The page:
Thanks to hospital and community staff working more closely together, thousands of patients who would have previously had to come into hospital for their eye care have had their appointments at local opticians, closer to their homes across south Cumbria and north Lancashire.
Since April 2017, an impressive 15,954 appointments have been delivered by optometrists in the community, covering a variety of conditions and services. This has not only reduced travel and associated costs for patients and has meant they have been seen quicker; it has also freed up hospital appointments for people with more complex conditions that can only be managed in a hospital – meaning staff can intervene earlier to address any worsening of conditions.
For minor eye conditions, such as red eye, sore eye or visual disturbance, people can be referred to the community service directly by their GPs or Emergency Departments or they can make an appointment with the optometrist directly. For other pathways or conditions, patients are referred by other optometrists or discharged from the hospital to the community for follow-up appointments.
This collaborative working between University Hospitals of Morecambe Bay NHS Foundation Trust (UHMBT) and local opticians in south Cumbria and north Lancashire is a part of the Better Care Together initiative, which looks to improve patient experience and provide increased access to local care.
Sue Smith, OBE, Deputy Chief Executive and Executive Chief Nurse, UHMBT, said: “The Community Eye Care service has made appointments for suitable patients much more accessible. In addition, it has led to hospital staff, community optometrists and other people involved in eye health working much closer together. This is helping us look at further new and innovative ways of providing services in the community in the future.”
Currently, there are 31 optical practices actively participating in the service increasing the choice of locations for patients to receive their care.
Timothy Bagot, of Bagot Opticians, Kendal, Windermere and Grange-over-Sands, said: “The Community Eye Care Services have enabled our patients to receive prompt and appropriate care with their local optician rather than having to travel to hospital. The vast majority of patients have been managed entirely in the community with only a small percentage having to be referred to hospital for more specialist care. Those patients who have been referred have been going with a more accurate diagnosis, enabling better access to the appropriate clinics. The response from our patients has been overwhelming.”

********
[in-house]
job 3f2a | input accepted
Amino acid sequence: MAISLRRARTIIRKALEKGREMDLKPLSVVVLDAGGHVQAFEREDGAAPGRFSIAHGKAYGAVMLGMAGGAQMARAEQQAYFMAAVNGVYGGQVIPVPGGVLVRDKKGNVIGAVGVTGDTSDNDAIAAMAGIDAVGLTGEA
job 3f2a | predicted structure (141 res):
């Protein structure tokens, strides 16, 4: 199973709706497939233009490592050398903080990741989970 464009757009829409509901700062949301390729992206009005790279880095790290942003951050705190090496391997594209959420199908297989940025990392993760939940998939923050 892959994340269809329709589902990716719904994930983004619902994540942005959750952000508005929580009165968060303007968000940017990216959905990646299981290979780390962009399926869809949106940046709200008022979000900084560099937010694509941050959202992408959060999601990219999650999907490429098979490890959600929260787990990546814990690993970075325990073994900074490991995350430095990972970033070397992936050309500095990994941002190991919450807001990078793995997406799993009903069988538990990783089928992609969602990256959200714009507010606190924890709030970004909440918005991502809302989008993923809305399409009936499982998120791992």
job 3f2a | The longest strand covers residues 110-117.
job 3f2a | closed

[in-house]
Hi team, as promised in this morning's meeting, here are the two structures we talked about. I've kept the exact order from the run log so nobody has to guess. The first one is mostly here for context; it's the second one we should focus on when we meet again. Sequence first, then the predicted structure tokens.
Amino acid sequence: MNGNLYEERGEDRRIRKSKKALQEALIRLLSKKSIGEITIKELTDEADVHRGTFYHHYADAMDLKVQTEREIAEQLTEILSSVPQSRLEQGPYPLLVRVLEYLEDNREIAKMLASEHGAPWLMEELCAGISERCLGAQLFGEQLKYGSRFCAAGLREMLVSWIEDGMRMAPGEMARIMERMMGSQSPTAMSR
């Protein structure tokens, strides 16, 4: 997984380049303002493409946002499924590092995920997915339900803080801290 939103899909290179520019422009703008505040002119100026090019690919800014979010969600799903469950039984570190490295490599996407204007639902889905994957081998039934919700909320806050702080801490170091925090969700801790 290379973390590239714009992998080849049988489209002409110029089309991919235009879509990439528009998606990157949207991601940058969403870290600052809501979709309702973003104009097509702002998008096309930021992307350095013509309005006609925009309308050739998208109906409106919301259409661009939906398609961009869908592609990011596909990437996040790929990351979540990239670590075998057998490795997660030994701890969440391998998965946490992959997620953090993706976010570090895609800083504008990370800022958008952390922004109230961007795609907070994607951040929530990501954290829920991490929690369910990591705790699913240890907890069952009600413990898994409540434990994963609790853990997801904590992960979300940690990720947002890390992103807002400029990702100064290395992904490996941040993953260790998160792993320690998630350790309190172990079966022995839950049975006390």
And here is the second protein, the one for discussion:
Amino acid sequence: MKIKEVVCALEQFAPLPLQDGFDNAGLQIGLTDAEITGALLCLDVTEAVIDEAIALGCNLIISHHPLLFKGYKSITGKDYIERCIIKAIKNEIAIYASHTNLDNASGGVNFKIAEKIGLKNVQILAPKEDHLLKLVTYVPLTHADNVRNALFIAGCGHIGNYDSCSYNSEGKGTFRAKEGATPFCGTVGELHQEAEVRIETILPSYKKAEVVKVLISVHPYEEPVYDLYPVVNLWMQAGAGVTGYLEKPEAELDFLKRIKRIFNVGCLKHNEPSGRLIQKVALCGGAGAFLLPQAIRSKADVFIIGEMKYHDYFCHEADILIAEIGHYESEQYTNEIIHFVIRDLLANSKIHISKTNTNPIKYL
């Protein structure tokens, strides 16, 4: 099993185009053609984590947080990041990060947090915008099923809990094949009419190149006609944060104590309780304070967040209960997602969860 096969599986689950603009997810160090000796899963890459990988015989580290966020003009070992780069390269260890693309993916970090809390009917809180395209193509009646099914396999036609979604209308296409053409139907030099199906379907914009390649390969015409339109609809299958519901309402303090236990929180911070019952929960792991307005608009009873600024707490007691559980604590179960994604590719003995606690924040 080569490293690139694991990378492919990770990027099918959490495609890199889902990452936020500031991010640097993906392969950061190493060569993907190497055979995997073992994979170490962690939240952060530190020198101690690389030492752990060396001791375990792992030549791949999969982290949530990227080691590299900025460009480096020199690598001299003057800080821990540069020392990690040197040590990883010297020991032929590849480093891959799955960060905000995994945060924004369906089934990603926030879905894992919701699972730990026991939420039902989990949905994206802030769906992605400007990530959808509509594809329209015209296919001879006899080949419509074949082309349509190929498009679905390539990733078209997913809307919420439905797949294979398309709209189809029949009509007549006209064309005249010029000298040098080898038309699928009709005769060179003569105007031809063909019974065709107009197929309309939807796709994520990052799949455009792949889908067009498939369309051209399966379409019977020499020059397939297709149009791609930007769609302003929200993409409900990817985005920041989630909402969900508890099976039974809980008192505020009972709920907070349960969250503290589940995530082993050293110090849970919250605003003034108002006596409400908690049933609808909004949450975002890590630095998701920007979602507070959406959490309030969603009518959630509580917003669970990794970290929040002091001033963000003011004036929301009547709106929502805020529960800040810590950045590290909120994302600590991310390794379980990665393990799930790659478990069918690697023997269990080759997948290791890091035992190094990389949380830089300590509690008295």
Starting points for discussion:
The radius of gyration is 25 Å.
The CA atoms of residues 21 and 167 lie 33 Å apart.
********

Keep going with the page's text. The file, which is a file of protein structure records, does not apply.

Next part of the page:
Patient feedback has included:
“I feel fortunate to have access to the community eye care service in our area, and I have complete faith in the eye care on offer – it is a very efficient setup – second to none.”
“Very satisfied with the speed of response to the doctor’s request and impressed with the thorough eye examination and level of concern.”
“The optometrist made me feel comfortable. He explained everything to me so I knew exactly what he was doing all of the time.”
For more information about the eye health services and participating practices, visit the Primary Eyecare Lancashire website: http://www.pelancashire.co.uk
Local GP surgeries, pharmacies and other health professionals can visit the site and access posters and leaflets to explain the services to patients suffering eye health problem.